Givers finds a ‘New Kingdom’ _lowres

Photo provided by Girlie Action Media -- Givers is, from left, Taylor Guarisco, Josh LeBlanc and Tiffany Lamson.

Originally from Lafayette, the New Orleans-based pop band Givers devoted 18 months to crafting their lush new album, “New Kingdom.”

Writing and recording took place on location in rented homes in Beech Mountain, North Carolina, and Eau Claire, Wisconsin, as well as Dockside Studio in Maurice and Parlor Recording Studio in New Orleans.

The exploratory but still melodic and hook-based Givers will play a Lafayette album release show Saturday at the recently opened Warehouse 535.

The night also features Cajun-rockers of Lost Bayou Ramblers and pop-rock band, Brass Bed, which released a new single, “I Am Just A Whisper,” last month.

Givers’ extended work for “New Kingdom” followed three years of global touring. Then, singer-guitarist Taylor Guarisco, singer-percussionist Tiffany Lamson and bassist Josh LeBlanc took a break.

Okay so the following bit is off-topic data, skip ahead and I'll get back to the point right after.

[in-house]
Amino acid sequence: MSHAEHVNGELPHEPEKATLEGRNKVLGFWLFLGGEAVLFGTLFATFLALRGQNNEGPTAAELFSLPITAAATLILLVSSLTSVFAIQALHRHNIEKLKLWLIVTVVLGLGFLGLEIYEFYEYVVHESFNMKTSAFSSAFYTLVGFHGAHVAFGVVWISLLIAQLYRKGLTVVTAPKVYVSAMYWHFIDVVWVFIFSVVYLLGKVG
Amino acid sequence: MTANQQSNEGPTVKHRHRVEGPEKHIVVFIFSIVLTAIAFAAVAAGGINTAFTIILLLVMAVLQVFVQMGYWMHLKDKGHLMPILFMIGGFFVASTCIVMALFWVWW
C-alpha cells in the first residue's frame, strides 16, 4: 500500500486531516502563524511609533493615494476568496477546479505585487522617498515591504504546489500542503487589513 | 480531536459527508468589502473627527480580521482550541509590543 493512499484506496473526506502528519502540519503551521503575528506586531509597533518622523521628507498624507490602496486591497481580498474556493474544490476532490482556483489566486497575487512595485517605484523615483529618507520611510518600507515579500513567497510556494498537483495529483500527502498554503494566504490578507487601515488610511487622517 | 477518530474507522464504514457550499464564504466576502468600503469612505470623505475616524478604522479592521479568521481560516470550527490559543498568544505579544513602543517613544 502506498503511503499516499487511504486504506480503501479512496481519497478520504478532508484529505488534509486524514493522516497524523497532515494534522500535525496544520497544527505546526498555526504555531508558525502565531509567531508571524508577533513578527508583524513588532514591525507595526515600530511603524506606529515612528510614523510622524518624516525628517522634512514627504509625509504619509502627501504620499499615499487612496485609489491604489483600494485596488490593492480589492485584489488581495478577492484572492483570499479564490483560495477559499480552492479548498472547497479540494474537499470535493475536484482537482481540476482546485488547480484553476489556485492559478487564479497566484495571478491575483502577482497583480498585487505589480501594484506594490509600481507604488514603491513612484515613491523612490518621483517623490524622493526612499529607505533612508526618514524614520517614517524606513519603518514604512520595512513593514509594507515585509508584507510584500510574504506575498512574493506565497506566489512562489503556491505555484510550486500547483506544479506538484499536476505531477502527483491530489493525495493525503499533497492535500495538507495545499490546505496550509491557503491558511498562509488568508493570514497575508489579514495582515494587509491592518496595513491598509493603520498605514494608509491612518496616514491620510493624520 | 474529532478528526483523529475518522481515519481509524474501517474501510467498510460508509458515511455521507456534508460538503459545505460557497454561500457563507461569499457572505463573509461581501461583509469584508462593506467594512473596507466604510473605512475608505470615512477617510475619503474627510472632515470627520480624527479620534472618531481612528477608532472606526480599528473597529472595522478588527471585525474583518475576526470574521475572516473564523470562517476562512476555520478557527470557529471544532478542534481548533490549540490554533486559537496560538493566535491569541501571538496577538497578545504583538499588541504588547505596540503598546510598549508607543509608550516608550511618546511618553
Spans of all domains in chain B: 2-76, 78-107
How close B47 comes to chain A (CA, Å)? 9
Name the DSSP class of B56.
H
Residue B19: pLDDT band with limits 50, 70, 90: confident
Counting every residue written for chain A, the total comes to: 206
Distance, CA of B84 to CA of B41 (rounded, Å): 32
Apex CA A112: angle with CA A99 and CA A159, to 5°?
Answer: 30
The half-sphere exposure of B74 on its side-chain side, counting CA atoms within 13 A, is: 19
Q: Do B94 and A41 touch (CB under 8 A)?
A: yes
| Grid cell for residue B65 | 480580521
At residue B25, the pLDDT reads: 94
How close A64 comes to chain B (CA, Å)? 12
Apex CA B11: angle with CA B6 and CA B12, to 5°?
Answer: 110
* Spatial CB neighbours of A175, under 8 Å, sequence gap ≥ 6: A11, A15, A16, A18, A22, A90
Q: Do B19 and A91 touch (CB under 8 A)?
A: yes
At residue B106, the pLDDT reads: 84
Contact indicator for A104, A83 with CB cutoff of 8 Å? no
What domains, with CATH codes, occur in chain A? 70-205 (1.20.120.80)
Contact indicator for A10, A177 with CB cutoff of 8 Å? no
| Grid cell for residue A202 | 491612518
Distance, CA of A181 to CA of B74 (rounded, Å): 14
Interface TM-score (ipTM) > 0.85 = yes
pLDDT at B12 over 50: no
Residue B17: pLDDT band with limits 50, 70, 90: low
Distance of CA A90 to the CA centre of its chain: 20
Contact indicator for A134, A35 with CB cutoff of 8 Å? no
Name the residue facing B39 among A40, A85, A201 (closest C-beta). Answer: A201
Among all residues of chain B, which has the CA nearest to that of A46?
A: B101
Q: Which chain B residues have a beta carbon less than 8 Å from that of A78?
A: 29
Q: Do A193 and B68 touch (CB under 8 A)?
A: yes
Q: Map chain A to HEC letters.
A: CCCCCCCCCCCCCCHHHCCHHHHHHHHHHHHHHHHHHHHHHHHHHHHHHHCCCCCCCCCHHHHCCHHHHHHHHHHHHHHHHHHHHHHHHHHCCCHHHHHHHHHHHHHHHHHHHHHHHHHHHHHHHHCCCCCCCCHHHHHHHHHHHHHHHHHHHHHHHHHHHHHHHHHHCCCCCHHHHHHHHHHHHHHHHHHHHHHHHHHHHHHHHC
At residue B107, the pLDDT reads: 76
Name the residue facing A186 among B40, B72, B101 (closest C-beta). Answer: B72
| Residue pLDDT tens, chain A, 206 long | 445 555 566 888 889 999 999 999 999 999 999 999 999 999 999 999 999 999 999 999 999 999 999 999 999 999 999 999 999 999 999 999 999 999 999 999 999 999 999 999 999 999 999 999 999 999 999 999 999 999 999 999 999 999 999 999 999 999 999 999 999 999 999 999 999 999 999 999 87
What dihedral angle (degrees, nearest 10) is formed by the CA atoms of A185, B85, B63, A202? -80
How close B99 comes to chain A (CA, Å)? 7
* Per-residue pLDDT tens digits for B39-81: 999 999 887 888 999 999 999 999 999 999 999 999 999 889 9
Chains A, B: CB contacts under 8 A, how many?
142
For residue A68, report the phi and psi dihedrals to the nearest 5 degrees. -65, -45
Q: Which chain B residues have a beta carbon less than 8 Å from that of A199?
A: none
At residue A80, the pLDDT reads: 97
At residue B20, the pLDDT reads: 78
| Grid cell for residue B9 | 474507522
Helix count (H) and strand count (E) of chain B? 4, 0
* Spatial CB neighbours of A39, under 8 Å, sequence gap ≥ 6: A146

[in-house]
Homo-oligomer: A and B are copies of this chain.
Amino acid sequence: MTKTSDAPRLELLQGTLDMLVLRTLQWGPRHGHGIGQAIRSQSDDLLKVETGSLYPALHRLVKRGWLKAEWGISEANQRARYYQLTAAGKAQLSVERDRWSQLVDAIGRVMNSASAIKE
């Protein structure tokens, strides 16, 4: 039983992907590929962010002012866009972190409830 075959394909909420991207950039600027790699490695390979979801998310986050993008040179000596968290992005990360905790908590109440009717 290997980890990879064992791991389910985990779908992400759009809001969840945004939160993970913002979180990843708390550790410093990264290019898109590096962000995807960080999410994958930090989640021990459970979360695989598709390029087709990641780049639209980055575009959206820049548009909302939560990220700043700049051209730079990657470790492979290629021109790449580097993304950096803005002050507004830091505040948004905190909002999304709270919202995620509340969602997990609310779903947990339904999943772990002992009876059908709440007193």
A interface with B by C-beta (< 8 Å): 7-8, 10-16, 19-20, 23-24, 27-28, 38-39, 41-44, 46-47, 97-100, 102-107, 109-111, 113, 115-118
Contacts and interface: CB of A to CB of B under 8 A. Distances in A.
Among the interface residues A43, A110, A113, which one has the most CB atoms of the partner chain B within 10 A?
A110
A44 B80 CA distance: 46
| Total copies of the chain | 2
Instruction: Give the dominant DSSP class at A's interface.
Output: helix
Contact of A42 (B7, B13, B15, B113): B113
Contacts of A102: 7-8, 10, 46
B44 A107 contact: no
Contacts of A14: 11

“No record talk, no tour talk,” Guarisco said. “Just got by the fireplace for a few months. And then we got back to it.”

“New Kingdom” contains luxurious male-and-female vocals by Guarisco and Lamson, prominent electronic keyboards and the group’s signature smacking percussion. The year-and-a-half of work for this all-important second album contrasted to Givers’ “In Light” sessions.

“The first record was a really fast-paced experience,” Guarisco said. “We were a newborn band, and it all landed. We just did it.”

The “New Kingdom” sessions also followed a re-evaluation of the band’s musical identity.

“A few months of losing perspective on what we thought we were,” Guarisco confessed. “We developed a new approach, but we still knew we were capable of this forward motion with a perpetual groove. We kept that, but we also went to a bunch of new places. We had to make sure we were carving these new places out in an honest way.”

Honesty in performance is something Guarisco and Givers always seek.

“We’re not into the idea of looking ‘cool,’” Guarisco said. “The more of ourselves we lose, the more the song comes to life. We try to get out of the way and just let the songs rip.”

Lafayette native Guarisco, a New Orleans resident for nine months, said his new city of residence is a great place to be an artist.

“I love Lafayette and the people there, but I’ve got great things happening in New Orleans,” he said. “In the creative realm, there’s something in the air that’s always vibrant and kicking in New Orleans.”